JiscMail Logo
Email discussion lists for the UK Education and Research communities

Help for PHD-DESIGN Archives


PHD-DESIGN Archives

PHD-DESIGN Archives


PHD-DESIGN@JISCMAIL.AC.UK


View:

Message:

[

First

|

Previous

|

Next

|

Last

]

By Topic:

[

First

|

Previous

|

Next

|

Last

]

By Author:

[

First

|

Previous

|

Next

|

Last

]

Font:

Proportional Font

LISTSERV Archives

LISTSERV Archives

PHD-DESIGN Home

PHD-DESIGN Home

PHD-DESIGN  February 2017

PHD-DESIGN February 2017

Options

Subscribe or Unsubscribe

Subscribe or Unsubscribe

Log In

Log In

Get Password

Get Password

Subject:

Re: Epistemological Differences -- Research in an Academic Discipline vs. Research in a Professional Practice

From:

Ali Ilhan <[log in to unmask]>

Reply-To:

PhD-Design - This list is for discussion of PhD studies and related research in Design <[log in to unmask]>

Date:

Fri, 17 Feb 2017 23:28:29 +0300

Content-Type:

text/plain

Parts/Attachments:

Parts/Attachments

text/plain (134 lines)

Dear Terry,



If I am understanding what you wrote correctly, I have some points of
disagreement. You wrote:



-snip-



*“To recap, seen over-simplistically in terms of the research methods of
large-sample size, associative, single-question analysis, the use of small
samples in design research may appear to be faulty.*


*However, seen in terms of methods of analysis that make use of the rich
complex body of information available in each datum and between data, small
sample analysis methods can be both more reliable and offer better
information.”*

-snip-



I don’t think that you can say that small sample methods can be inherently
more reliable and offer better information. It all depends on the research
question, and all methods have their epistemological and technical
problems. If your goal is to capture variance in a human population,
regardless of the circumstances, you need a large enough N (whether the
analysis is associative or single-question is entirely a different
matter).





You are writing as if modern statistics is a monolithic entity. It is not.
There are methods that are better suited for explaining variation within
units versus methods that focus on population averaged effects versus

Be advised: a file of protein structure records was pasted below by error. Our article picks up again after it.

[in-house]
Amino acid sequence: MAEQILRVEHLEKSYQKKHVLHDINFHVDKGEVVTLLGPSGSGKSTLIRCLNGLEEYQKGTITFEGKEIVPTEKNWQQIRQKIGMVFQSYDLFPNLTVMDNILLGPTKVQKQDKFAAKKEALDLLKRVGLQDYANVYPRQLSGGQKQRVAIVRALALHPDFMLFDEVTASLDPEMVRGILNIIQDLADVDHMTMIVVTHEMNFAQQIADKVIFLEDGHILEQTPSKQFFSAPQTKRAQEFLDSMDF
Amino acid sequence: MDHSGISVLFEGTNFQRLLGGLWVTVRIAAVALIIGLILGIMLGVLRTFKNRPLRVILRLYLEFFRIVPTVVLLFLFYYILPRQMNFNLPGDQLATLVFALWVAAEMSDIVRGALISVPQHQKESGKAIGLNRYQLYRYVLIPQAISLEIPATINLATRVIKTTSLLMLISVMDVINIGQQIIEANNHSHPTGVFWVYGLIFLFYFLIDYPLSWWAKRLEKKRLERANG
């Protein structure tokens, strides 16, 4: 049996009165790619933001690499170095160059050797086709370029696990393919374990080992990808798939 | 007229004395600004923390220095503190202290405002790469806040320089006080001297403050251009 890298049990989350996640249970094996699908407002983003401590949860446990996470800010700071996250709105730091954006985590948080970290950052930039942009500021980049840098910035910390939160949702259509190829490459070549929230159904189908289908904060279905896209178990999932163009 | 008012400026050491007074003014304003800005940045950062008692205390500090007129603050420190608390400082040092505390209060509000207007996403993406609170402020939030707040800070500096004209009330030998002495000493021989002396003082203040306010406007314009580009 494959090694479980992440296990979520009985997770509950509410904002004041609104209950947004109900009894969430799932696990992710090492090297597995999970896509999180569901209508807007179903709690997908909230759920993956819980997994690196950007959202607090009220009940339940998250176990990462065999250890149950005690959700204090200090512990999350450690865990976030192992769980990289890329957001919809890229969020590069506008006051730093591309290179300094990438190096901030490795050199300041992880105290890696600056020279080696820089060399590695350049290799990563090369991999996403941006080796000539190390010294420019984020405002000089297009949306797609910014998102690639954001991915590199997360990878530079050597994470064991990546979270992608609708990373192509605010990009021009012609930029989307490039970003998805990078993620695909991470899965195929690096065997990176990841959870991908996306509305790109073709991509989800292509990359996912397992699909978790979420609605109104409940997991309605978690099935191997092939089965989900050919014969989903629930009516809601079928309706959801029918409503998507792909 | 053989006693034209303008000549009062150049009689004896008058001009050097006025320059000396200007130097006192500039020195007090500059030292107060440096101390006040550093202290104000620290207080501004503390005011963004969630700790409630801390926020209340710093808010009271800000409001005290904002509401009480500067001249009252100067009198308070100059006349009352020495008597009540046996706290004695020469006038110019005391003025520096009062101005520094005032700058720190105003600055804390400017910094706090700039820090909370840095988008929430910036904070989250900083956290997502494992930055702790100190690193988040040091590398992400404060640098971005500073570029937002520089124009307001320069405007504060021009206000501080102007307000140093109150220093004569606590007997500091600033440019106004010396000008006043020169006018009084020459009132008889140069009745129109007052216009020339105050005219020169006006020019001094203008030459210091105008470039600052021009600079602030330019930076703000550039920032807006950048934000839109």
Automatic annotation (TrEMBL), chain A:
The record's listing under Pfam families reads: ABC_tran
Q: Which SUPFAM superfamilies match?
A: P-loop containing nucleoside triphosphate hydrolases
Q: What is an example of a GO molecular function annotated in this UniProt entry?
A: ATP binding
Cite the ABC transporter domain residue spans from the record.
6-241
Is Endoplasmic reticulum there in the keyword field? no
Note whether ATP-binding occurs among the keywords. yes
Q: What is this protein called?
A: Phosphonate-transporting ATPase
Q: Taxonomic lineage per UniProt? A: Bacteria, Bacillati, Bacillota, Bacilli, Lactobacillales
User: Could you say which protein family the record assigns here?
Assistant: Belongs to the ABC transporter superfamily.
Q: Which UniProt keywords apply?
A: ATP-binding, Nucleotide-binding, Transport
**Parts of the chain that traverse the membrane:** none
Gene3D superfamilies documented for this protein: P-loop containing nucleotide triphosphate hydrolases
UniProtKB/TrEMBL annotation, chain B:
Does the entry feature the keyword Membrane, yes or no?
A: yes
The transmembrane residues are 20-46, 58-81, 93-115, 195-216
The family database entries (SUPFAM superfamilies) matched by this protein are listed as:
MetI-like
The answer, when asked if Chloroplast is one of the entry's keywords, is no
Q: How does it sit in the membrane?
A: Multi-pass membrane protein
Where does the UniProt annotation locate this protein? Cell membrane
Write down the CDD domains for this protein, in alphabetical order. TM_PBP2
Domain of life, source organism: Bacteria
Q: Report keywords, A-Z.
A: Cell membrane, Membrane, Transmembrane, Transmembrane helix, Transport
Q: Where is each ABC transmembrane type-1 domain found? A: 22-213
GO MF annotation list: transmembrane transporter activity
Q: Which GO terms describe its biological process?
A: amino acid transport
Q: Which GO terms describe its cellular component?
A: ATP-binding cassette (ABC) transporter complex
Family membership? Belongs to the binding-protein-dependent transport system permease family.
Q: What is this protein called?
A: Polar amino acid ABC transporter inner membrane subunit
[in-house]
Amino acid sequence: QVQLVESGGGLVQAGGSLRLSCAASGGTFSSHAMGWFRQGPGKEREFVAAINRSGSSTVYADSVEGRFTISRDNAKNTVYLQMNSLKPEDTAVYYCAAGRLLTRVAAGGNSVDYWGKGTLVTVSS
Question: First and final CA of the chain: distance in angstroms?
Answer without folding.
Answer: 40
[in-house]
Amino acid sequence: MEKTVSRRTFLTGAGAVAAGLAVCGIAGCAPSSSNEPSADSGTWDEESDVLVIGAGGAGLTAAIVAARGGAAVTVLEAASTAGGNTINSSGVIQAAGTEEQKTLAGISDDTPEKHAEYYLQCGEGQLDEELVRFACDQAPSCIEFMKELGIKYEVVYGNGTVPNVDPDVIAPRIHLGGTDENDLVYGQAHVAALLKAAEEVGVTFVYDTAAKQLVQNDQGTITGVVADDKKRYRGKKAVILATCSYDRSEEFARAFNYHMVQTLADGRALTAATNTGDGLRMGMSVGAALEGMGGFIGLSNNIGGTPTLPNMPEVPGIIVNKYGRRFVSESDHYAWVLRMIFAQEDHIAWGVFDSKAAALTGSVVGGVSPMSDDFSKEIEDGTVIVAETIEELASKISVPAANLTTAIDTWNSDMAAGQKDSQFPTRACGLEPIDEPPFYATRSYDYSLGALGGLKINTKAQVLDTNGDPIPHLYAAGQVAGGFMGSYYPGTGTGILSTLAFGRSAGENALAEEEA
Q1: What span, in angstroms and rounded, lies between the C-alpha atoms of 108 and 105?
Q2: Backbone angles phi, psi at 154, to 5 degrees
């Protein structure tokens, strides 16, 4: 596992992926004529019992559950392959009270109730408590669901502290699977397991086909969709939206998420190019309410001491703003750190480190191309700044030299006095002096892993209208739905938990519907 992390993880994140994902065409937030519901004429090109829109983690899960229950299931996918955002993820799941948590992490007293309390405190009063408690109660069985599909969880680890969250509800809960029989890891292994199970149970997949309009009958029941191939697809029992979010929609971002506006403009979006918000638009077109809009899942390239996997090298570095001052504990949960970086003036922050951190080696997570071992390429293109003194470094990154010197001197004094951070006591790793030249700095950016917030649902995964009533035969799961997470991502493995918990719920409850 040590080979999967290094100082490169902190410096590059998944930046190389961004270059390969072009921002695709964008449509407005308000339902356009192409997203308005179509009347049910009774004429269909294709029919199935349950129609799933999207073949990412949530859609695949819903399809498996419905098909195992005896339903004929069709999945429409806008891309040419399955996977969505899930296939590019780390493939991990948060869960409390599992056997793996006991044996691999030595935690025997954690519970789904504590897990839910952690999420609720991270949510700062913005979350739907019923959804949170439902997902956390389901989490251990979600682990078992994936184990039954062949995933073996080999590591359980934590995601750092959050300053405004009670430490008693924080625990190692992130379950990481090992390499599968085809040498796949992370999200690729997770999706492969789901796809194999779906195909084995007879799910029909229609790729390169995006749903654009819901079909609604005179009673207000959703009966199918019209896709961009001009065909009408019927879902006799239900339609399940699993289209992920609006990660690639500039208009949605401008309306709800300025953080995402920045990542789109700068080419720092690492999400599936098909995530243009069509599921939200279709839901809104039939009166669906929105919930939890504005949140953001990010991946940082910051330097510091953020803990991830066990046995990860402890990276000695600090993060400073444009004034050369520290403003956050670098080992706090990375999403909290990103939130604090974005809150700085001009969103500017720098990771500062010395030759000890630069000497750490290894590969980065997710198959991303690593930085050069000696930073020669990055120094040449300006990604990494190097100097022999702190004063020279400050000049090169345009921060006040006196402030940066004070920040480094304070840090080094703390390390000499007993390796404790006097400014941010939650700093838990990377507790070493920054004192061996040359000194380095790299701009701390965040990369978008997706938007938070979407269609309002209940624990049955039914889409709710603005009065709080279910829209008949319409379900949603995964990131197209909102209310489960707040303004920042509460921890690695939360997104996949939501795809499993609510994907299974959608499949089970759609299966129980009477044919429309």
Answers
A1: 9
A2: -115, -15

methods that focus on auto-correlation between longitudinal measurements
and so on. There are methods which rely heavily on hypothesis testing and
on the other hands there are methods that give primacy to what “the data
has to say” without any apriority assumptions. Some methods rely on
a-priori probability distributions while others do not. Some methods are
more suitable for single question set-ups while others can tackle more
complex designs. Each have their strengths and weaknesses, and each has its
own usage.





Going back to the example you gave about exam marks, Rasch Anlysis is only
appropriate under certain circumstances. If you are interested, for
example, in difference between test scores between classrooms or between
schools districts, or if you want to decompose how much of the difference
in test scores stem from within school variance vs. between school variance
Rasch Analysis will not do the trick, you will need large samples.



About usability testing and sub-atomic particles: Small Ns are probably
good for identifying problems in a product (software, system you name it),
precisely because you are trying to elicit information about a single
product, and typically between unit variation in non-living things is
extremely low (copies of your software will more or less be identical until
you install them on different computers). But if you wanted to learn more
about your users, not your products, again small Ns may not help. Once
again, there is too much between and within unit variation. That is why you
cannot use the models you use for sub atomic particles for humans. We have
(at least for some type of particles) reliable theories that help us to
predict behaviors of certain particles in a probabilistic manner. Yet we
are unable to predict where the next revolution or economic crisis will